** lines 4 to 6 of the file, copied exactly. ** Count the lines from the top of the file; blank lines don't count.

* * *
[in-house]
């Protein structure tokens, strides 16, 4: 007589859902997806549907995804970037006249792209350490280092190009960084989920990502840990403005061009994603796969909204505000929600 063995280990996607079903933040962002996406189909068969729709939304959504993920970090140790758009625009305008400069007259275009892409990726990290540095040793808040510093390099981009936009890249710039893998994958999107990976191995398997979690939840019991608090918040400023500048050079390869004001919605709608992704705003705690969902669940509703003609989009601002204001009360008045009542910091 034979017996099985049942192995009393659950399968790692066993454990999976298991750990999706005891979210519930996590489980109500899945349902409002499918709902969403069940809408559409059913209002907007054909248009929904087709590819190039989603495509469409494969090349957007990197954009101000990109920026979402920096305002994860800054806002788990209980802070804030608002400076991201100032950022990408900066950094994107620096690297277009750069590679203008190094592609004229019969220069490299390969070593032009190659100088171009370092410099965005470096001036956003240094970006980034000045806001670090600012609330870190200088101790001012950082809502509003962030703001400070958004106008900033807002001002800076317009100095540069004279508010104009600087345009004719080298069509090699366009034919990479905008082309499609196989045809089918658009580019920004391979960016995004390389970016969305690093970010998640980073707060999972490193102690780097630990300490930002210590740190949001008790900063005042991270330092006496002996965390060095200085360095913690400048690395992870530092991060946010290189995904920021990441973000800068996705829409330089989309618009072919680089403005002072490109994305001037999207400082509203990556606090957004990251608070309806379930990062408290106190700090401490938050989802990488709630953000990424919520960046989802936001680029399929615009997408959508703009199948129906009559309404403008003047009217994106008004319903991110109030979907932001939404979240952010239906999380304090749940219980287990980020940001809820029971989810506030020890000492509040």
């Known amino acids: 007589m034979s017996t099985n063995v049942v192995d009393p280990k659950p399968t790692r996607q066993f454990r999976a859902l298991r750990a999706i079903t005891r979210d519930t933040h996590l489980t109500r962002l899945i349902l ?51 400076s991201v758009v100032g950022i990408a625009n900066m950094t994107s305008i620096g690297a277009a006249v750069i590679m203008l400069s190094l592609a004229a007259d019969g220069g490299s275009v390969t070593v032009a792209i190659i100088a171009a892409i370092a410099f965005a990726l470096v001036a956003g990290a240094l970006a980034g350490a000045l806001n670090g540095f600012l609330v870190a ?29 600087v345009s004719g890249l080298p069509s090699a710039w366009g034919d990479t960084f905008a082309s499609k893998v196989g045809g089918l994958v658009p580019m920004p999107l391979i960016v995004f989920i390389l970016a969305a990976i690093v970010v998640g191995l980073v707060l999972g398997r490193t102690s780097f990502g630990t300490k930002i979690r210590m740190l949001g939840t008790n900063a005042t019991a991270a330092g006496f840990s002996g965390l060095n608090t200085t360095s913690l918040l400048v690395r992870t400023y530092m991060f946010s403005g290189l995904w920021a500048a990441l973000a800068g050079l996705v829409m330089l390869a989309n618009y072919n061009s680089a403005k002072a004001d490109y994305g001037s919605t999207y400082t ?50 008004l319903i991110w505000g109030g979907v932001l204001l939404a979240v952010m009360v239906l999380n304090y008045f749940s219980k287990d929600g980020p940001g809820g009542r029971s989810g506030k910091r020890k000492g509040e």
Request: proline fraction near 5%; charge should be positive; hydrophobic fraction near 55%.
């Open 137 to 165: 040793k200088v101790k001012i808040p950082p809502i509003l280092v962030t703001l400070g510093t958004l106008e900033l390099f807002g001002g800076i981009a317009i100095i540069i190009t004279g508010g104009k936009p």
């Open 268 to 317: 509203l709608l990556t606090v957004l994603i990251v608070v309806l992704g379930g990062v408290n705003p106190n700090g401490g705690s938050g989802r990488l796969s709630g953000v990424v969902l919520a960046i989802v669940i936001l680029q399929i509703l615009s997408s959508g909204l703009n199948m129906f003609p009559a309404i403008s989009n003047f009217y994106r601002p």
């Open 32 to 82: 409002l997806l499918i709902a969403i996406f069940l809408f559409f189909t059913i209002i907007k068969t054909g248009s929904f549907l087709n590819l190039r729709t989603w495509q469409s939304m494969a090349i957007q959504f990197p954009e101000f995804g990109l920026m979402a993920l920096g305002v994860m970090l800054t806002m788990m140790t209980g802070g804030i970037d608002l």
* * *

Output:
Request: proline fraction near 5%; charge should be positive; hydrophobic fraction near 55%.
């Open 137 to 165: 040793k200088v101790k001012i808040p950082p809502i509003l280092v962030t703001l400070g510093t958004l106008e900033l390099f807002g001002g800076i981009a317009i100095i540069i190009t004279g508010g104009k936009p």
């Open 268 to 317: 509203l709608l990556t606090v957004l994603i990251v608070v309806l992704g379930g990062v408290n705003p106190n700090g401490g705690s938050g989802r990488l796969s709630g953000v990424v969902l919520a960046i989802v669940i936001l680029q399929i509703l615009s997408s959508g909204l703009n199948m129906f003609p009559a309404i403008s989009n003047f009217y994106r601002p």